Julie Billaud University of Pennsylvania Press, 2015, vii + 244 pp. Reviewed by Aatina Nasir Malik   Kabul Carnival by Julie Billaud underscores the phase of postwar reconstruction in Afghanistan by posing a challenge to the dominant ways in which Muslim societies and Muslim women are often studied. The book questions the appropriation of Afghan women by different regimes i.e. the modern […]

L.L. Wynn Austin: University of Texas Press, 2018, 248 pp. Reviewed by Margaret Morley In Love, Sex, and Desire in Modern Egypt, L.L. Wynn makes important contributions to anthropological theories about gender, kinship, and the Middle East that are firmly grounded in ethnographic stories. Drawn from over a decade of research, Wynn theorizes about relationships and respectability through the love […]

Cosmopolitan Conceptions: IVF Sojourns in Global Dubai Marcia C. Inhorn Durham and London: Duke University Press, 2015, 379 pp. Reviewed by Stacy Lee Lockerbie I have been following the work of Marcia C. Inhorn for several years and jumped at the opportunity to read and review her recent ethnography, Cosmopolitan Conceptions: IVF Sojourns in Global Dubai. This is important work […]

Afghanistan Remembers:  Gendered Narrations of Violence and Culinary Practices  Parin Dossa University of Toronto Press, Toronto 2014, 178 pp. Reviewed by Janet G. Brashler   It may strike some people as odd that an archaeologist specializing in North American archaeology was asked to review Parin Dossa’s book Afghanistan Remembers.  My interest in the book stems from teaching a course in […]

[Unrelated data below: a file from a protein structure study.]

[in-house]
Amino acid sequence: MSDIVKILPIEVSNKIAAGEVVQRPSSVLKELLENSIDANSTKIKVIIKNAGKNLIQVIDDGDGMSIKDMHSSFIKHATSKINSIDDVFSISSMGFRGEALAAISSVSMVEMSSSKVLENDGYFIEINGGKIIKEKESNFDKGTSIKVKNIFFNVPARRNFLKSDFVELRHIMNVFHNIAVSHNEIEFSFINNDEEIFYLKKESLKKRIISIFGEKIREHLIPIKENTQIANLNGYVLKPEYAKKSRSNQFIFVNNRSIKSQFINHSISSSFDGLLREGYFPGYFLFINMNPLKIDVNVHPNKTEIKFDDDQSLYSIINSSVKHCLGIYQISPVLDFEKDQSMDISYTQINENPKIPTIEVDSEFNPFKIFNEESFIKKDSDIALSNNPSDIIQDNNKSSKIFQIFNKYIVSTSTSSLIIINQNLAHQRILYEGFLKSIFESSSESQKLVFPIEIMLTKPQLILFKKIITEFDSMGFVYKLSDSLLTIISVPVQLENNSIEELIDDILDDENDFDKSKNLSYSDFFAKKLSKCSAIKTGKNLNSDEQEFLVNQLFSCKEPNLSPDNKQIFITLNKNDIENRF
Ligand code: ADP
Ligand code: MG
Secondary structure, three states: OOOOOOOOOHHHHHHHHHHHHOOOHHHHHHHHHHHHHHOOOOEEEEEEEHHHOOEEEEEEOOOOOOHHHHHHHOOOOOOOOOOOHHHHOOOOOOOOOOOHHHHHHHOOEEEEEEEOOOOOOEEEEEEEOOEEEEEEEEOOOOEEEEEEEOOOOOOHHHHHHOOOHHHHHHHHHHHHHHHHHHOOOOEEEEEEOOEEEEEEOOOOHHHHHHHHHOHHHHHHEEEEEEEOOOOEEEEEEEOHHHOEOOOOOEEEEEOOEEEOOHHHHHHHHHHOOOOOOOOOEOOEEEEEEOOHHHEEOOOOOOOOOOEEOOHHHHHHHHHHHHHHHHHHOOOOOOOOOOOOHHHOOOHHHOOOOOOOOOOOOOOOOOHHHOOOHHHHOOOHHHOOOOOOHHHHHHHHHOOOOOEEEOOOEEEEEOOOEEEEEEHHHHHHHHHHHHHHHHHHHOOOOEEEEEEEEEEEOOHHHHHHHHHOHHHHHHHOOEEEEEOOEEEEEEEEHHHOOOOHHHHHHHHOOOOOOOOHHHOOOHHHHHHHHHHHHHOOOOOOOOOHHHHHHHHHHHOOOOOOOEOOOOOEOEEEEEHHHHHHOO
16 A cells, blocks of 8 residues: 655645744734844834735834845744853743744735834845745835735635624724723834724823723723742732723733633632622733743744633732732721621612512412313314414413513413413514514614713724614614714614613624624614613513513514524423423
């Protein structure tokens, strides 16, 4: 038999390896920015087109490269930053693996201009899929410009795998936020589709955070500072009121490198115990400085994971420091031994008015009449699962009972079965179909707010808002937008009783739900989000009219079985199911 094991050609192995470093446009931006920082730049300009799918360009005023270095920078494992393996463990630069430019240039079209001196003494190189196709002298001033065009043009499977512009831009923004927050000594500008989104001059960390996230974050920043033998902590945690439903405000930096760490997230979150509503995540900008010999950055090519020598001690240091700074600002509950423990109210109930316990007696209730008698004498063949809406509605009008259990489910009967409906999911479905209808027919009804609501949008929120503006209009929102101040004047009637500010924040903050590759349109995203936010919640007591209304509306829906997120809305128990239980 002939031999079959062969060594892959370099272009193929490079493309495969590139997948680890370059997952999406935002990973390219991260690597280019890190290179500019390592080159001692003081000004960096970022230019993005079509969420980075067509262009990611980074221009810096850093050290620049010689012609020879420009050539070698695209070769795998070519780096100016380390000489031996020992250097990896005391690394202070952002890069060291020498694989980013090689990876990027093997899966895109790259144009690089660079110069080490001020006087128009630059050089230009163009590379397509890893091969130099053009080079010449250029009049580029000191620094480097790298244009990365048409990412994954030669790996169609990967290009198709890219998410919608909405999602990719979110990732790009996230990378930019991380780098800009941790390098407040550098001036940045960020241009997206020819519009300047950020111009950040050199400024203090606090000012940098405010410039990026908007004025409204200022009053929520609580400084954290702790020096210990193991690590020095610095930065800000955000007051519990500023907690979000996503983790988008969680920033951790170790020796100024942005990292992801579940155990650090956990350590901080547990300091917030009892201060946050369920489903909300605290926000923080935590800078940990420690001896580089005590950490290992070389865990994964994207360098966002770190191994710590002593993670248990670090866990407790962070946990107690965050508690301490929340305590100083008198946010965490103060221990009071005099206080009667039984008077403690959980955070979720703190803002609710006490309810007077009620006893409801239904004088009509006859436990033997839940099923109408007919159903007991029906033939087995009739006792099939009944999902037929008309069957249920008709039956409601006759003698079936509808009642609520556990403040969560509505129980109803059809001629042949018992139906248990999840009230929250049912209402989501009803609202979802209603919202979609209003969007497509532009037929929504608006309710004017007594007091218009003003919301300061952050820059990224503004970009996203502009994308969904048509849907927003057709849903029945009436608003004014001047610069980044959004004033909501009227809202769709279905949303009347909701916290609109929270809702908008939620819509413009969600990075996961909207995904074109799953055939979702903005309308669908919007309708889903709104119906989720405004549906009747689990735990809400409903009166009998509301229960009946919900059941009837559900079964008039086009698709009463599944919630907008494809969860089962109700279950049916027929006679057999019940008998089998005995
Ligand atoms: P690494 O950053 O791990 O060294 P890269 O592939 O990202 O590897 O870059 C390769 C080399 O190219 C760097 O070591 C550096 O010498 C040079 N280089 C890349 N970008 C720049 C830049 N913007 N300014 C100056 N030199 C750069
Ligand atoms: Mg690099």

Days of Revolution: Political unrest in an Iranian village Mary Elaine Hegland Stanford, CA: Stanford U Press University of Toronto Press, 2014, 316 pp. Reviewed by Carol C. Mukhopadhyay Rarely do anthropologists conduct fieldwork during revolutions or detail how ordinary villagers create localized versions of broader, national political-economic transformations. Mary Hegland’s book does both, describing the Iranian revolution of 1978-1979 […]

Parin Dossa Toronto: University of Toronto Press, 2009 Reviewed by Onur Kovanci Dr. Parin Dossa, a Professor of Anthropology at Simon Fraser University, British Colombia treats her readers to another intriguing and insightful book after her first book, Politics and Poetics of Migration: Narratives of Iranian Women in the Diaspora, published in 2004. Her new book entitled Racialized Bodies, Disabling […]

Parin Dossa, Canadian Scholars Press, 2004 Reviewed by Rose Wishall Ediger, graduate student in Anthropology at American University Interested in mental health and displacement, in Politics and Poetics of Migration Dossa focuses on Iranian women who moved to British Columbia in a wave of 47,000 post-revolution Iranian immigrants during the 1980s and 1990s (pp. 2, 17). These immigrants became “racialized […]

Rhoda Ann Kanaaneh,University of California Press, 2002 Reviewed by Anuradha Saxena As Palestinians in the West Bank and Gaza move from revolutionary movement to statehood in their quest for national identity, Kanaaneh’s work provides a valuable insight into how, and in what contexts, ‘nation’, ‘modern’ ‘progressive’, ‘feminine’ and ‘masculine’, amongst other notions of identity, are defined and negotiated by Palestinians […]